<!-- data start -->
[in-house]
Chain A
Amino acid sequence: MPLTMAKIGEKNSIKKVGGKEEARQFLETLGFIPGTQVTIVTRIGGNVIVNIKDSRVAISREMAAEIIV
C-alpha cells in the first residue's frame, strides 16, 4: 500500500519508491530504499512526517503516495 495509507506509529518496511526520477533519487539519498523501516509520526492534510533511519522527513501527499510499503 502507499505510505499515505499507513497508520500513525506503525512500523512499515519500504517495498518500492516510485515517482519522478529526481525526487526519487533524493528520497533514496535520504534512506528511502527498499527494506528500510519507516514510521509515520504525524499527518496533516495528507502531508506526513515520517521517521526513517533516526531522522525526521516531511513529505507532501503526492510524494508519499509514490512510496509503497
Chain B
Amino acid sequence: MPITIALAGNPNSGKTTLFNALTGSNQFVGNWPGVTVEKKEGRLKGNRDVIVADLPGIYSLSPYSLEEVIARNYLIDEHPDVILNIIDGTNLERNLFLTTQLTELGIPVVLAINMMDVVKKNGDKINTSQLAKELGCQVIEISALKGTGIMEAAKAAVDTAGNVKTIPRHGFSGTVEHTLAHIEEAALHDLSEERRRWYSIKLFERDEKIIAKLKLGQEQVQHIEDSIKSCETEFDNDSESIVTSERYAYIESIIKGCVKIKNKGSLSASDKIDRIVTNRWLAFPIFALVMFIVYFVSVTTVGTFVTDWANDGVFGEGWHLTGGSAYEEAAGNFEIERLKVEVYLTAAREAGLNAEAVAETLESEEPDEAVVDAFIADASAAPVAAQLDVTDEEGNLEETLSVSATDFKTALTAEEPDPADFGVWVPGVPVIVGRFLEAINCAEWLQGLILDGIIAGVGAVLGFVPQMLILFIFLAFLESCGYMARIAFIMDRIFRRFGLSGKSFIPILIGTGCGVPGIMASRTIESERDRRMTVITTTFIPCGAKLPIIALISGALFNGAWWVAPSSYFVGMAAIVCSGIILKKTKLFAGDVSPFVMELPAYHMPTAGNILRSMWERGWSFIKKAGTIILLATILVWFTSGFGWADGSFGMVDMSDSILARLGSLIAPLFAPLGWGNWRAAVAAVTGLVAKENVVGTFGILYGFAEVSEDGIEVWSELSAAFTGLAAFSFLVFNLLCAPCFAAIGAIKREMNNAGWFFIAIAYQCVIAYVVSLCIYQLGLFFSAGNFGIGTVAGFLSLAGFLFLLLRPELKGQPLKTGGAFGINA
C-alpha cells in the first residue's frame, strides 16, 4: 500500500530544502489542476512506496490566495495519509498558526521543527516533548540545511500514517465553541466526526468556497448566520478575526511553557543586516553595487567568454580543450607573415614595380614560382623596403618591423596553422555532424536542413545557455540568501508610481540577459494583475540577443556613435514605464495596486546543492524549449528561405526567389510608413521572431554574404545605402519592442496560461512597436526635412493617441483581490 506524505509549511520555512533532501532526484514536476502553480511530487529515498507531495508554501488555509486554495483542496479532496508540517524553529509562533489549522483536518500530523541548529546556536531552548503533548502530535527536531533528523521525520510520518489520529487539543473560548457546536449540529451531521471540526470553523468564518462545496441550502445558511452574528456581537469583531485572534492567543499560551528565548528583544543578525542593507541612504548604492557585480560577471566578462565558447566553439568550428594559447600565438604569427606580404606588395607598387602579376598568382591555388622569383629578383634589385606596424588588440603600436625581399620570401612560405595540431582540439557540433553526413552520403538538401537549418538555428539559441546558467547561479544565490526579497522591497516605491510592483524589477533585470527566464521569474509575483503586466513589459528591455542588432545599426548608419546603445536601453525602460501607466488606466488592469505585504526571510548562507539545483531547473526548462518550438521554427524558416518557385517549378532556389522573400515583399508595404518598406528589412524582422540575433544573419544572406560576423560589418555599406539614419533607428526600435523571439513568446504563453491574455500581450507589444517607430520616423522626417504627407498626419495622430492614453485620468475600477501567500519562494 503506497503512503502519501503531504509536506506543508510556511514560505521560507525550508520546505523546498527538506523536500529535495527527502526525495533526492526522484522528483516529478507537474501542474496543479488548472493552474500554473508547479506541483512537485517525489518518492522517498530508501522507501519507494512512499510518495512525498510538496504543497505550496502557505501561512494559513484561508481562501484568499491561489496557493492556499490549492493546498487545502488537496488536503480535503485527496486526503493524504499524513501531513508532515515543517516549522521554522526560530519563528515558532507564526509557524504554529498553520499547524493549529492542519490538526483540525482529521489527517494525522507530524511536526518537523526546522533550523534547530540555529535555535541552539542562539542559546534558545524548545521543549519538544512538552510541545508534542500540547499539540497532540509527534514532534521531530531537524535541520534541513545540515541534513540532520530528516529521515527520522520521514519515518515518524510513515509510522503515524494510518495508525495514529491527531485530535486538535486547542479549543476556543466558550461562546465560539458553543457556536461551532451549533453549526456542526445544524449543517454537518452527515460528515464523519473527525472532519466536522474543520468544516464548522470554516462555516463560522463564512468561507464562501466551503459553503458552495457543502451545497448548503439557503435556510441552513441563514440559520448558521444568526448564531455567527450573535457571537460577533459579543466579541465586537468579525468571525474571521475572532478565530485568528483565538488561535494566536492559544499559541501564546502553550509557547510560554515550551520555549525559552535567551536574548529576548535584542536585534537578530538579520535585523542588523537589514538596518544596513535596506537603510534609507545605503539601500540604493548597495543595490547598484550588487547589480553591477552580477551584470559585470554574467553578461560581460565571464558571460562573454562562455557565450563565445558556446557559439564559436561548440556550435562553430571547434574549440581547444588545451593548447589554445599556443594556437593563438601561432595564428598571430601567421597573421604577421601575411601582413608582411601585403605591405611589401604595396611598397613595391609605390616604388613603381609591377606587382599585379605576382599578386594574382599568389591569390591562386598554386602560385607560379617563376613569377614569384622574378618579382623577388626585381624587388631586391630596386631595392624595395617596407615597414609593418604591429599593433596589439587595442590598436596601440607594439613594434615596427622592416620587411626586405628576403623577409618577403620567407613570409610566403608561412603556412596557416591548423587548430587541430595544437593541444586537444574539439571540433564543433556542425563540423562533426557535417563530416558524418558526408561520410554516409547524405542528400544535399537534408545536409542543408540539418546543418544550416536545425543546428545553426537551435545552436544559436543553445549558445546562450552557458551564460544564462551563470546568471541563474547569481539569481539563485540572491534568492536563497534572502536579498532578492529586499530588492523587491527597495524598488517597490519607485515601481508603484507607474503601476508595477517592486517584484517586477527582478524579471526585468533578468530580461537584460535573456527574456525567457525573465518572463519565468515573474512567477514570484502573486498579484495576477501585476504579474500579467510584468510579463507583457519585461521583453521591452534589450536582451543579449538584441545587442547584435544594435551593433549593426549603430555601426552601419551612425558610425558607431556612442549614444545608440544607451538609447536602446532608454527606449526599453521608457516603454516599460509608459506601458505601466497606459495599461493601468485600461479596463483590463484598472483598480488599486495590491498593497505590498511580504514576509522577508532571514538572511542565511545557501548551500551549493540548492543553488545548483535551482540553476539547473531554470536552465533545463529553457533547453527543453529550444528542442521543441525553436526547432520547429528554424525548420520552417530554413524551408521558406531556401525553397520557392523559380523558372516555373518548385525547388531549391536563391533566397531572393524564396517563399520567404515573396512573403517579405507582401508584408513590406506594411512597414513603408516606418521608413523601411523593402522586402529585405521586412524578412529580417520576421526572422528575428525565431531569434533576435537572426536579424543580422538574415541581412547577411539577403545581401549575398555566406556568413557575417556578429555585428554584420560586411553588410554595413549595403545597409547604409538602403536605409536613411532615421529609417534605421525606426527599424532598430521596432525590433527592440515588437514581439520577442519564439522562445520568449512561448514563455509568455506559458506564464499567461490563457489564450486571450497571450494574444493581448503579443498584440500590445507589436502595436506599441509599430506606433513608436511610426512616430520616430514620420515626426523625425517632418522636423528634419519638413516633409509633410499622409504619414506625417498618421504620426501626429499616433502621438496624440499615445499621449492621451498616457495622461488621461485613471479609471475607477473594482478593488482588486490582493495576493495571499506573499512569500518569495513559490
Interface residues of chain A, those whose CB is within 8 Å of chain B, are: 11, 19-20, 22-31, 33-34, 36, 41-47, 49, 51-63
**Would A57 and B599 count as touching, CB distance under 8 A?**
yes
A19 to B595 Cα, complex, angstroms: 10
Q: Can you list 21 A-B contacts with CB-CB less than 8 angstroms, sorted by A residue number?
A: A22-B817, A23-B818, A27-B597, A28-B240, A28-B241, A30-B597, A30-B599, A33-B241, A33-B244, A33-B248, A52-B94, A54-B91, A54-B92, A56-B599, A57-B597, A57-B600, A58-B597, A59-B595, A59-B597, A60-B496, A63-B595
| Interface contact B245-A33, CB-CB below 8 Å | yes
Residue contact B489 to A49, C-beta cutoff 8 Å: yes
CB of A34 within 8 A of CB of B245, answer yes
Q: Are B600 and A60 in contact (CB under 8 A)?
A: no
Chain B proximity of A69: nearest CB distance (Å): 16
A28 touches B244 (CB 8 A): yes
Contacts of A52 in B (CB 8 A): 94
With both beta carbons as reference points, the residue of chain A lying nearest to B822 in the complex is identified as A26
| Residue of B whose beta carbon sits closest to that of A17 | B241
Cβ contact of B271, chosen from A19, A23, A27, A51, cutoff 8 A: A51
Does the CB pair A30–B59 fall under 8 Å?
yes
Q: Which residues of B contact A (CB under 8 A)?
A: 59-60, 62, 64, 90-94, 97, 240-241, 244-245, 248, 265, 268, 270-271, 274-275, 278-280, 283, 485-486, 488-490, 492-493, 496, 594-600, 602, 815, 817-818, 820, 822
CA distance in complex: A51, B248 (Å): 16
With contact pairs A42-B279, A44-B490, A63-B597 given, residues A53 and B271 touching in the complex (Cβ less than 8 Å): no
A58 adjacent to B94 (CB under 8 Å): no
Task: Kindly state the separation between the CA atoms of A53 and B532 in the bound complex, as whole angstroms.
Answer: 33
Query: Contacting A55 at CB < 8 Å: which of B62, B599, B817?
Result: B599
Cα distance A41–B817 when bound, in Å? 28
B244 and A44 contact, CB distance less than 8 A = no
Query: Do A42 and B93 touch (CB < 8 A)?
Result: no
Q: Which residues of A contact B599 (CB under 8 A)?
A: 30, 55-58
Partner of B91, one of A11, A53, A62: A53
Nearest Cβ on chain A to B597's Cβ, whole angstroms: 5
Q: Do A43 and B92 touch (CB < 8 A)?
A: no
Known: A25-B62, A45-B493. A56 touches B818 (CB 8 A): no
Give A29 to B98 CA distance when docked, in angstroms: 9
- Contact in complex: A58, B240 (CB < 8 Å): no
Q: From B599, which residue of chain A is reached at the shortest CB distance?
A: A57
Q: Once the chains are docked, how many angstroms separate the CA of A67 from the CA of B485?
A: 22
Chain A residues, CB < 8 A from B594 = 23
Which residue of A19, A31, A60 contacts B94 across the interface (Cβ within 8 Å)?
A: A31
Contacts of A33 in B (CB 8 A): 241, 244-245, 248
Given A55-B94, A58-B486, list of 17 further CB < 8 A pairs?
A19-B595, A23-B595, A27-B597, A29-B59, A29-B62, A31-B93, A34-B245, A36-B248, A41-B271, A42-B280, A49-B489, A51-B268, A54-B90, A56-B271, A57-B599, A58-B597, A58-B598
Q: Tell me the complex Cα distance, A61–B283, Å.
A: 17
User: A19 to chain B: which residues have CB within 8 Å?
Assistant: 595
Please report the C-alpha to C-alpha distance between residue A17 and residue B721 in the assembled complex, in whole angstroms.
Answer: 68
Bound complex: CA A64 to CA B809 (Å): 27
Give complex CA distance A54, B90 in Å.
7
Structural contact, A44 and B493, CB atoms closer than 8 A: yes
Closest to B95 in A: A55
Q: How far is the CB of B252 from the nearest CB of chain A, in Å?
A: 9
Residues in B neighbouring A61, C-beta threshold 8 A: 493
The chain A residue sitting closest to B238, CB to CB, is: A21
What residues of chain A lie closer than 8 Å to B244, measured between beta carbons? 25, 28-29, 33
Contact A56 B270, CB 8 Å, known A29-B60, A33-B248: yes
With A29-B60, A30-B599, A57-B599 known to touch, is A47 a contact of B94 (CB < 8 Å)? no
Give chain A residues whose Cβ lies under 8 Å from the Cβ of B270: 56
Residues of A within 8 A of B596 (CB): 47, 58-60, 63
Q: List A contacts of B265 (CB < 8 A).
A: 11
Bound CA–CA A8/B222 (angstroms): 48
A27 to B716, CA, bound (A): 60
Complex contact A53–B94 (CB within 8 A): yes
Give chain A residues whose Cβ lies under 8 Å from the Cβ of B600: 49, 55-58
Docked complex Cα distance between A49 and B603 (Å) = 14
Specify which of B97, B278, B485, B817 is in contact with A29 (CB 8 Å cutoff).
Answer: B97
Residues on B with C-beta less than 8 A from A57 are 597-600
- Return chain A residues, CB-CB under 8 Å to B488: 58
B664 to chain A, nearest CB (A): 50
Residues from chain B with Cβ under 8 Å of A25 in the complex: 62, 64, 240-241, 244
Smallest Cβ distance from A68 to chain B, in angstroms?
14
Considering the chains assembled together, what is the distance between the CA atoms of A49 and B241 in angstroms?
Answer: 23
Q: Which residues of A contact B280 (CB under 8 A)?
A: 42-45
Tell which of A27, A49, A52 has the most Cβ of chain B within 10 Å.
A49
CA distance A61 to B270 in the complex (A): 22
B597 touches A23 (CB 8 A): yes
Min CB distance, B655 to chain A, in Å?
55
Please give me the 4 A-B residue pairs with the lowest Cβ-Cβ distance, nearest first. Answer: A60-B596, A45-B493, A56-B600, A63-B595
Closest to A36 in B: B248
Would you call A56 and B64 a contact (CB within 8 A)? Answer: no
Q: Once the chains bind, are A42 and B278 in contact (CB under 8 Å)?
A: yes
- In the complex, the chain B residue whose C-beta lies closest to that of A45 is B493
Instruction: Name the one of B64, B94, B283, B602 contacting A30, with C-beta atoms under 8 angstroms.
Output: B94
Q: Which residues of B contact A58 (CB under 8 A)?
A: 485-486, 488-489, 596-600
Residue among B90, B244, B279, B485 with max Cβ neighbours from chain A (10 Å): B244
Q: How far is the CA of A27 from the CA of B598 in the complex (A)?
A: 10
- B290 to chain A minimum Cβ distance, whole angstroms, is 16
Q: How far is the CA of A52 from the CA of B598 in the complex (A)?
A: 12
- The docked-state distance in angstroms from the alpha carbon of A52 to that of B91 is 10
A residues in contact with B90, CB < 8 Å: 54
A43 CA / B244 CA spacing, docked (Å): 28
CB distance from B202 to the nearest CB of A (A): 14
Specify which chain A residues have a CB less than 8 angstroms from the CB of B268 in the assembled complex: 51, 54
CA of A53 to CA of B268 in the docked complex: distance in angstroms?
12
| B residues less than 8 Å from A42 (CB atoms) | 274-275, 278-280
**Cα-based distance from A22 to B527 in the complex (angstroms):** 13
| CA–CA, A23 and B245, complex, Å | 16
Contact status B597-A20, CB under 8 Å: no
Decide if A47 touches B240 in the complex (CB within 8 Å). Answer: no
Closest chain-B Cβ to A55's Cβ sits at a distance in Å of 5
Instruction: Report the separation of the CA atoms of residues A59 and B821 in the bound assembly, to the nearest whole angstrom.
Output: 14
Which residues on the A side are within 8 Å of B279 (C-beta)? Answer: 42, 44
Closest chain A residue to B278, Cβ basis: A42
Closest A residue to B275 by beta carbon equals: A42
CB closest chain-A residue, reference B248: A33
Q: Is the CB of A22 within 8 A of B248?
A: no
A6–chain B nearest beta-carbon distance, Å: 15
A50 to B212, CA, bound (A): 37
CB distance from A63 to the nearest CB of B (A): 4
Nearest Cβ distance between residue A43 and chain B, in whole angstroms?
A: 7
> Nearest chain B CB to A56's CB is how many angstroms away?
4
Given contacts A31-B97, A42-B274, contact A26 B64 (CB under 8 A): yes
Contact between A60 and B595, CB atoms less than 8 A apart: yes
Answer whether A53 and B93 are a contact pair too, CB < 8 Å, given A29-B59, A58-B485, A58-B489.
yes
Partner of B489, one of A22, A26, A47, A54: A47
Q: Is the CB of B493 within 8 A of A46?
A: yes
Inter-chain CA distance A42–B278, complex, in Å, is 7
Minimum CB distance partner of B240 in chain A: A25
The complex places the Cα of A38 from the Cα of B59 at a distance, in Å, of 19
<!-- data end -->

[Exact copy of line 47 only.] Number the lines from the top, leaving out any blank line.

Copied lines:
Give A29 to B98 CA distance when docked, in angstroms: 9